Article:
C. D. Sutherland is a B-52 pilot turned novelist with his THE CHRONICLES OF SUSAH series, which established the antediluvian steampunk literary movement.
Born in Virginia, to the son of a coal-miner, who escaped a life in the dark Appalachian mines by joining the U.S. military, C. D. Sutherland also joined the military. After high school, he served in the Air Force for thirty-two years, seeing much of the world and doing things most men have only dreamed about doing.
Antediluvian SteamPunk is an emerging Retro-Futurfantastic genre that synthesizes Literary/Biblical Fiction with traditional Science Fiction/Steampunk. It is void of profanity and doesn’t have gratuitous sensuality, but it does have emotional tension and physical conflict. It incorporates Biblical history to support the fantasy elements, which dominate the adventure, without being preachy. Someone expecting a Sunday school story will be disappointed, but those who enjoy high adventure will be rewarded.
Three novels of the The Chronicles of Susah series: The Dragoneers, The Lost Dragoneer, and The Last Dragoneer. At 110,000+ words, the shortest of the three novels is the first book. The eBook of The Dragoneers is available for 99 cents at Amazon, but can be downloaded for free at B&N, iBooks, and Smashwords. As with many other books, the first few chapters can be read at Amazon before make the 99-cent investment.
Susah, the 17-year-old protagonist struggles with her desire for high adventure against the call to follow her brothers’ example to help her father built the ark. Yes, that ark, but this is no typical flood story.
Antediluvian steampunk is something different. If the first book doesn’t capture the reader’s imagination and leave them wanting more, then the rest of the series probably won’t be for them either. With increasing velocity, the subsequent adventures build on the same theme, until the expected comes in an unexpected way at the end of the third novel; however, this reading adventure is not so much about the destination as it is about the journey through a complex labyrinth of metaphors, strange technologies, and cultural challenges woven together with spiritual interpolations and uncommon imagination so different, that it might create a thirst for more answers to questions yet unasked.
Lauded by readers of all ages, the thematic challenges faced by the protagonist make it especially suited for young adults.
Familiar words, and any reasonable person should be willing to change the things that are wrong; however, we've seen a lot of change in the last 6 years that most reasonable people would never have hoped for.
No reasonable American would have for hoped the national debt to double with no end in sight;
No reasonable American would have for hoped for a 30 year low in employment;
No reasonable American would have for hoped for the dollar to have lost its place in international commerce;
No reasonable American would have hoped for our enemies to become so bold and rampant as to publish videos of them killing our citizens;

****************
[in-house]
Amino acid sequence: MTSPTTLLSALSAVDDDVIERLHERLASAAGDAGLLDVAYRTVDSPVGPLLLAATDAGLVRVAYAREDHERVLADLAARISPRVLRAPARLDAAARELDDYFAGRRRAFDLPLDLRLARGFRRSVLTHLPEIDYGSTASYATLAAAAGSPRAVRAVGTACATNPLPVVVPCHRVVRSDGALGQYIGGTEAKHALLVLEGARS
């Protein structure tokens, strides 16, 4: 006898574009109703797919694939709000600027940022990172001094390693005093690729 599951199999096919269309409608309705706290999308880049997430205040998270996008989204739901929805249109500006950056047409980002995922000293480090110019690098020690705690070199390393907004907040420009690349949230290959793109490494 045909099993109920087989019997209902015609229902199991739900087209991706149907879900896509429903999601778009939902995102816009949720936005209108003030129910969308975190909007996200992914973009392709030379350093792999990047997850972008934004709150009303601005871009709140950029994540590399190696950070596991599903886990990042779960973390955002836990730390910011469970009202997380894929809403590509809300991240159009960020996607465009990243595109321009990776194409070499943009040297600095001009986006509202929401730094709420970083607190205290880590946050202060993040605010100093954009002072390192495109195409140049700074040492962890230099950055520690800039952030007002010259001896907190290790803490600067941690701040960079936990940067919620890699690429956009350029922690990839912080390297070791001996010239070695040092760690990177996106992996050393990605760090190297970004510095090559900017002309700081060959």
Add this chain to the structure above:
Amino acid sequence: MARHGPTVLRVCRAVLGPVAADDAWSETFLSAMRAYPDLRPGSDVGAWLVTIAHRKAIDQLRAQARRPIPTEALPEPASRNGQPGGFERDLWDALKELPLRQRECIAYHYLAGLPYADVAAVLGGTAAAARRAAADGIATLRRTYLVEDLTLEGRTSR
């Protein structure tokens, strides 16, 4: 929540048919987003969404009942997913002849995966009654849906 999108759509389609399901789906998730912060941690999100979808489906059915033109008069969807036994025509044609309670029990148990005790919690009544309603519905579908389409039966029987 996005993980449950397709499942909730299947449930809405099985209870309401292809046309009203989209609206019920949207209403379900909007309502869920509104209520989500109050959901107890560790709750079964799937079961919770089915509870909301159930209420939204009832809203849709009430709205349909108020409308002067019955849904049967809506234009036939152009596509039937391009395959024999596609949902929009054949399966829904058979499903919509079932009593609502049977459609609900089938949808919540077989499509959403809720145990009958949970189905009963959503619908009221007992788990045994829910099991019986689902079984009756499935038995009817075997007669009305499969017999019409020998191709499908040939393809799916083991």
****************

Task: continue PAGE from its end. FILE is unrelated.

No reasonable American would have hoped for Benghazi, Fast and Furious, and throngs of Americans losing their jobs because of an "affordable care act" that was marketed on a series of lies;
No reasonable American would have hoped for us to alienate our most important and longest standing Arab allies, Egypt and Saudi Arabia, nor to reignite the old Cold War with Russia;
No reasonable American would have hoped that community organizers would boldly declare their goal is to make white people afraid and then to have nobody resist the effort.
I don't know about everybody else, but I'm a little tired of these types of changes.
And another thing, since I'm on a rant.
Fear is a hell of thing.
The early settlers of this land were afraid of wolves, bears, and a few other things. We don't have to worry about those things today, because previous generations removed those threats. The only place most of us have seen bears and wolves are in zoos or via some visual media. There are still some left wandering around, but most of them know to leave people alone. However, we still have some things to fear.
Like you, I'm a little afraid of the flu virus. I wash my hands often, use spray disinfectant, and hand sanitizer when washing isn't possible. All those things take a little of my time, but I surrender it willingly in the hope that I won't come down with the flu, which could kill me.
Like you, I'm a little afraid of black widow and brown recluse spiders. They've been known to kill, but usually they just hurt you. I don't like being hurt. Besides keeping an eye out for them, I often apply insecticides on and around my property. Additionally, I regularly employ interior-appropriate insecticides in my home. Those poisons work well on other undesirable pests, but I know I have to remain persistent, and persistence is a price I'm willing to pay.
There are other things we're a little afraid of. If we're thinking people, we've taken mitigation measures for all of those things; at least, I know I have. Yes, it takes some resources and time, but we should willingly surrender those in hopes of avoiding the loss we might suffer if we don't.
Don't make us afraid of you.
No reasonable American should ever again passively nod in agreement when somebody says we need to change society, until they explain the details.